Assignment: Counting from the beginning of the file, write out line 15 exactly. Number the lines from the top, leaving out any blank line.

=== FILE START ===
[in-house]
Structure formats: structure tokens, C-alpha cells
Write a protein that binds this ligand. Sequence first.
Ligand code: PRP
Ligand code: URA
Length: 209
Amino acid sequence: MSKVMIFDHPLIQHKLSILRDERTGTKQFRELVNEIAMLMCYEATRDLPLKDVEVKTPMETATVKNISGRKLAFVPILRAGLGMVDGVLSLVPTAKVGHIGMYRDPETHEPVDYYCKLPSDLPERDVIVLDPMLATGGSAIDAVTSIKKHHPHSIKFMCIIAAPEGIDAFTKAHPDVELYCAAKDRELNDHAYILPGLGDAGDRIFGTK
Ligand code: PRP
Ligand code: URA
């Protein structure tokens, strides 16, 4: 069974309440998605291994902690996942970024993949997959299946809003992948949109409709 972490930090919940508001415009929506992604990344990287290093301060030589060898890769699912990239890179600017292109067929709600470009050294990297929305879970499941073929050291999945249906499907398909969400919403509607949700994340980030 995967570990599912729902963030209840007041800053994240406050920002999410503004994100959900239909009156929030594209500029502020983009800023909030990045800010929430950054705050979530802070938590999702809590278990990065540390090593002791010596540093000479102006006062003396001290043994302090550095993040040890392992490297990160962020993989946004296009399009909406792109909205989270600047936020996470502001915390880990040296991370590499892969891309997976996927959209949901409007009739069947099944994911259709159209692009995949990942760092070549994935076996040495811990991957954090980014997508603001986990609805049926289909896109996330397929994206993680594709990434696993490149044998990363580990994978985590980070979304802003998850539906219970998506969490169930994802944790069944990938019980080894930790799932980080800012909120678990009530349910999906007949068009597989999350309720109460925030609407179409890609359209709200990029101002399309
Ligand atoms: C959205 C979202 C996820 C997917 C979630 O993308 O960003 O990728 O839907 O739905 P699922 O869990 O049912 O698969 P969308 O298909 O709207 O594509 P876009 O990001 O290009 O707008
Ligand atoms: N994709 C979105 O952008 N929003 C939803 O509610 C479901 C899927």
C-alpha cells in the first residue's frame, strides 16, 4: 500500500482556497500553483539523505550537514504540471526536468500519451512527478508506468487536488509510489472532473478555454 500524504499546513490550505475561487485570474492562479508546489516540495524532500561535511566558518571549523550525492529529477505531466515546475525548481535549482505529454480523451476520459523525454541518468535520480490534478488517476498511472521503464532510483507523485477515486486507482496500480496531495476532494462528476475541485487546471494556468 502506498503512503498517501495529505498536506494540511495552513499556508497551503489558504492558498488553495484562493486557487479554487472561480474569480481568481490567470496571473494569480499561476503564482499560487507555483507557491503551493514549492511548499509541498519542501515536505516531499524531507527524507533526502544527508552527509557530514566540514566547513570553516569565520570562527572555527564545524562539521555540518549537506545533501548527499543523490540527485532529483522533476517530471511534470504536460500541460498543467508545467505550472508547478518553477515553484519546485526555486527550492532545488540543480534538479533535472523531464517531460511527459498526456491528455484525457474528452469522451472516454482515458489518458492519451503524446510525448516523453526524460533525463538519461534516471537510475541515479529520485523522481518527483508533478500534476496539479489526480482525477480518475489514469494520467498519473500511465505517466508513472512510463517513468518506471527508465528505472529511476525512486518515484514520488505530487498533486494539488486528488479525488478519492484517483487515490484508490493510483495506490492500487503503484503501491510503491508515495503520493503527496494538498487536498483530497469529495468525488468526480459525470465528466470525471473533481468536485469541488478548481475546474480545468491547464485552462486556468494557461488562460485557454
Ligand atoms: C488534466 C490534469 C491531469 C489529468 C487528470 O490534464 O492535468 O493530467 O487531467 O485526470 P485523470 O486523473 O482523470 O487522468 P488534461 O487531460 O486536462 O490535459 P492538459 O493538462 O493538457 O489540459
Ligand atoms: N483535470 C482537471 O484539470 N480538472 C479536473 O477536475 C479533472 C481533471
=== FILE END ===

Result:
Ligand atoms: N483535470 C482537471 O484539470 N480538472 C479536473 O477536475 C479533472 C481533471